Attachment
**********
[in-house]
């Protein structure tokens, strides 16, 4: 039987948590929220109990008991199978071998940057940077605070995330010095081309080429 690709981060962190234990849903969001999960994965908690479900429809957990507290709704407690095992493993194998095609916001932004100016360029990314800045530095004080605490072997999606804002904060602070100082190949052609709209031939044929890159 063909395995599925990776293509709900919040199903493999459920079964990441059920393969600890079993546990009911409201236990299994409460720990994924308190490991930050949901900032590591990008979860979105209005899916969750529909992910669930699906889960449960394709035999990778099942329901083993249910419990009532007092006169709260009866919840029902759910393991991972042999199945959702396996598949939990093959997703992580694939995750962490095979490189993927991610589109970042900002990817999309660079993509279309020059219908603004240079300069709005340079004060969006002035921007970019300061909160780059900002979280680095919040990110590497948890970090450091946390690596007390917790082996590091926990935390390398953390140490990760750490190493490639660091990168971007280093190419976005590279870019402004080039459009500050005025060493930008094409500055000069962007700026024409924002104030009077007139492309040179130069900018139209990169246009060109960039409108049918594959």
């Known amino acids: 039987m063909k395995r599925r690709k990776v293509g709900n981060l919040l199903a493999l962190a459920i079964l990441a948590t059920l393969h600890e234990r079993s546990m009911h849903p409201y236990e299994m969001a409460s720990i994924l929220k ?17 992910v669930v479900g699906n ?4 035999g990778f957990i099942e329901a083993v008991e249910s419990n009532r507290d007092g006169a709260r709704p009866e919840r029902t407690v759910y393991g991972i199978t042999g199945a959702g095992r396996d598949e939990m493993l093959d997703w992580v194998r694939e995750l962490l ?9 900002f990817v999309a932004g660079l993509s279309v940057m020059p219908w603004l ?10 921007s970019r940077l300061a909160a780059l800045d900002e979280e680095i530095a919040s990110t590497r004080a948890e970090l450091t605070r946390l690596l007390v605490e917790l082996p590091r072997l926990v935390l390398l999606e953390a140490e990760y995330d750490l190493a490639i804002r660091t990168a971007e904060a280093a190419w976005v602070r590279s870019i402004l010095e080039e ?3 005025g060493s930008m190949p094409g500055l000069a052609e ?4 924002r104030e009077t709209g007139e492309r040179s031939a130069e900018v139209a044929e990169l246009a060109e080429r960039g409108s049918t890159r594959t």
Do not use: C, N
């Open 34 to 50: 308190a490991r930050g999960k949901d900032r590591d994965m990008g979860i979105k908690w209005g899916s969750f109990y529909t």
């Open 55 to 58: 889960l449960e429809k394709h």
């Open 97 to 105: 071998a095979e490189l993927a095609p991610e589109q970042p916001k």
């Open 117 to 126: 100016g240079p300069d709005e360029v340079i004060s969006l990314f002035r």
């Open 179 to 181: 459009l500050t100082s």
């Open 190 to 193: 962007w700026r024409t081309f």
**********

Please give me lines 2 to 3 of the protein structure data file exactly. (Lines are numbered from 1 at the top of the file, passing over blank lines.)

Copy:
């Protein structure tokens, strides 16, 4: 039987948590929220109990008991199978071998940057940077605070995330010095081309080429 690709981060962190234990849903969001999960994965908690479900429809957990507290709704407690095992493993194998095609916001932004100016360029990314800045530095004080605490072997999606804002904060602070100082190949052609709209031939044929890159 063909395995599925990776293509709900919040199903493999459920079964990441059920393969600890079993546990009911409201236990299994409460720990994924308190490991930050949901900032590591990008979860979105209005899916969750529909992910669930699906889960449960394709035999990778099942329901083993249910419990009532007092006169709260009866919840029902759910393991991972042999199945959702396996598949939990093959997703992580694939995750962490095979490189993927991610589109970042900002990817999309660079993509279309020059219908603004240079300069709005340079004060969006002035921007970019300061909160780059900002979280680095919040990110590497948890970090450091946390690596007390917790082996590091926990935390390398953390140490990760750490190493490639660091990168971007280093190419976005590279870019402004080039459009500050005025060493930008094409500055000069962007700026024409924002104030009077007139492309040179130069900018139209990169246009060109960039409108049918594959």
């Known amino acids: 039987m063909k395995r599925r690709k990776v293509g709900n981060l919040l199903a493999l962190a459920i079964l990441a948590t059920l393969h600890e234990r079993s546990m009911h849903p409201y236990e299994m969001a409460s720990i994924l929220k ?17 992910v669930v479900g699906n ?4 035999g990778f957990i099942e329901a083993v008991e249910s419990n009532r507290d007092g006169a709260r709704p009866e919840r029902t407690v759910y393991g991972i199978t042999g199945a959702g095992r396996d598949e939990m493993l093959d997703w992580v194998r694939e995750l962490l ?9 900002f990817v999309a932004g660079l993509s279309v940057m020059p219908w603004l ?10 921007s970019r940077l300061a909160a780059l800045d900002e979280e680095i530095a919040s990110t590497r004080a948890e970090l450091t605070r946390l690596l007390v605490e917790l082996p590091r072997l926990v935390l390398l999606e953390a140490e990760y995330d750490l190493a490639i804002r660091t990168a971007e904060a280093a190419w976005v602070r590279s870019i402004l010095e080039e ?3 005025g060493s930008m190949p094409g500055l000069a052609e ?4 924002r104030e009077t709209g007139e492309r040179s031939a130069e900018v139209a044929e990169l246009a060109e080429r960039g409108s049918t890159r594959t």